A quantum leap will be required from pastoral leaders to respond to all the pastoral needs of young people during and after the pandemic and a planned proactive approach will be required that resists the temptation to not a react to problems as they arise.

The current crisis should encourage pastoral leaders to reflect on the role of the form tutor. Effective tutoring can help young people to make sense of their learning and support them in coping with the challenges that they face.

In the uncertain times that schools find themselves in, which is likely to continue for some time, they should reinvest in form tutors and value the important contribution that they can make.

“Where problems arise the form tutor is well placed to offer help and encouragement”.
(Les Bell and Peter Maher)

There has in the past been some tension from some staff about their role as a form tutor. Pastoral leaders need to make it clear how tutors can have a positive impact on achievement and make sure that the most important resource for this process the staff engaged in the role have the training and support they need to be effective.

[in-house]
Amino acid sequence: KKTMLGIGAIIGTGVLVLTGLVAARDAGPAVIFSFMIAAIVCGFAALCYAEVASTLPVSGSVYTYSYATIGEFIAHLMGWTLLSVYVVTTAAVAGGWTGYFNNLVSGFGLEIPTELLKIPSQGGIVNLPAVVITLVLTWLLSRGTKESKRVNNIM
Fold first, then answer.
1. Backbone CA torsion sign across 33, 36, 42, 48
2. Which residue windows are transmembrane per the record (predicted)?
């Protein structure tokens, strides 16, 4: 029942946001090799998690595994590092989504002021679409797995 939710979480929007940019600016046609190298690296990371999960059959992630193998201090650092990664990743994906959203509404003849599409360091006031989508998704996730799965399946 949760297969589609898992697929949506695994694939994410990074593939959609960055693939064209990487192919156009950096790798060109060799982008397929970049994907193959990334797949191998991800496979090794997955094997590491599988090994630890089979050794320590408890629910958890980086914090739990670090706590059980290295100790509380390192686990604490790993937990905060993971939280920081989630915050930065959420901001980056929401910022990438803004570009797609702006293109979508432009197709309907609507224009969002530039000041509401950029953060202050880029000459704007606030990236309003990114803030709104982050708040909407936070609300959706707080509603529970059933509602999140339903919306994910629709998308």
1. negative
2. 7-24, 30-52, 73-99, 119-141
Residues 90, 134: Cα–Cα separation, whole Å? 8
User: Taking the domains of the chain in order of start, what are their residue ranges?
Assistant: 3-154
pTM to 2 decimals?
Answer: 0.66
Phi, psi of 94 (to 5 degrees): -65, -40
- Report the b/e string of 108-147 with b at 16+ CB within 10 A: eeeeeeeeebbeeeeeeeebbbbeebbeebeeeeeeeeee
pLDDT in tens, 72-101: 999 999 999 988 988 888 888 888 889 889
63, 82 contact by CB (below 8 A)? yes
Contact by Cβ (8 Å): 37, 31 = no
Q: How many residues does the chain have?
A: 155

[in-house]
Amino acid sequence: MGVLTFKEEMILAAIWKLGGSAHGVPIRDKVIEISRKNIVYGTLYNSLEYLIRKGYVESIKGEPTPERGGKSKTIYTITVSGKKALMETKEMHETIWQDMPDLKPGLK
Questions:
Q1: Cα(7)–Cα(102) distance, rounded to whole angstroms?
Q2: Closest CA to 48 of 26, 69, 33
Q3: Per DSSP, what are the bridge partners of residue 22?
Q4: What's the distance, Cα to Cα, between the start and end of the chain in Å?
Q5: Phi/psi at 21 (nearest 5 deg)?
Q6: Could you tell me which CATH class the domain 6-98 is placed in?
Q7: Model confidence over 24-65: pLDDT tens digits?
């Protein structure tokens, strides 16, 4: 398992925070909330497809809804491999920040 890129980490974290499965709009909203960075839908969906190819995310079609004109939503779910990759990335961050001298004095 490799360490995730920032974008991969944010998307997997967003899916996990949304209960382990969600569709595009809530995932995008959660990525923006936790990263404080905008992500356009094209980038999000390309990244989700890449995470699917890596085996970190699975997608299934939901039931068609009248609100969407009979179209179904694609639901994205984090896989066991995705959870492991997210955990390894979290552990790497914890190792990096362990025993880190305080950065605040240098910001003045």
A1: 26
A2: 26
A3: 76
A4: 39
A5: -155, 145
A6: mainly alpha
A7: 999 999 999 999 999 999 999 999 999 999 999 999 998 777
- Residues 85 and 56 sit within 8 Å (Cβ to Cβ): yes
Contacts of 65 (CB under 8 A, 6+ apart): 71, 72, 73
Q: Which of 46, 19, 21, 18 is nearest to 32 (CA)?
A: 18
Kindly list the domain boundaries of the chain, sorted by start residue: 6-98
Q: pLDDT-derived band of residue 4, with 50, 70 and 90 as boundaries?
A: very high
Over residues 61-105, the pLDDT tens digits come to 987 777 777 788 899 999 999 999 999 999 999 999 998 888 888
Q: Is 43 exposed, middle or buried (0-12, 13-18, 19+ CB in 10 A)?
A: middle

Finding time for academic mentoring, could be a positive investment for pastoral leaders to identify gaps in students understanding and barriers to their achievement.

This could be one example of a positive outcome from the crisis that pastoral leaders can use to improve future pastoral support for learners in schools.

Phil Jones
National Chair
National Association for Pastoral Care (NAPCE)
June 2020

Bell, P and Maher, P. 1986 “Leading a Pastoral Team” Blackwell Marland, M. 1980 “The Department for Education. 2020 “Guidance for Secondary School Provision from June 15th, 2020”, GOV.UK website
Department for Education. 2020 “Pastoral Care in the Curriculum. How schools can provide additional emotional and pastoral support for pupils when they return to school following the coronavirus (COVID19) outbreak”, GOV.UK website
Pastoral Curriculum”.in Best, R. Ribbins, P. and Jarvis, C. (eds) 1980,
Perspectives on Pastoral Care, Heinemann
Sobel, D. 2019 “Leading on Pastoral Care”, Bloomsbury
University of Glasgow School of Education. 2020 “Supporting Resilient Learning in the Face of Covid-19”, University of Glasgow School of Education Website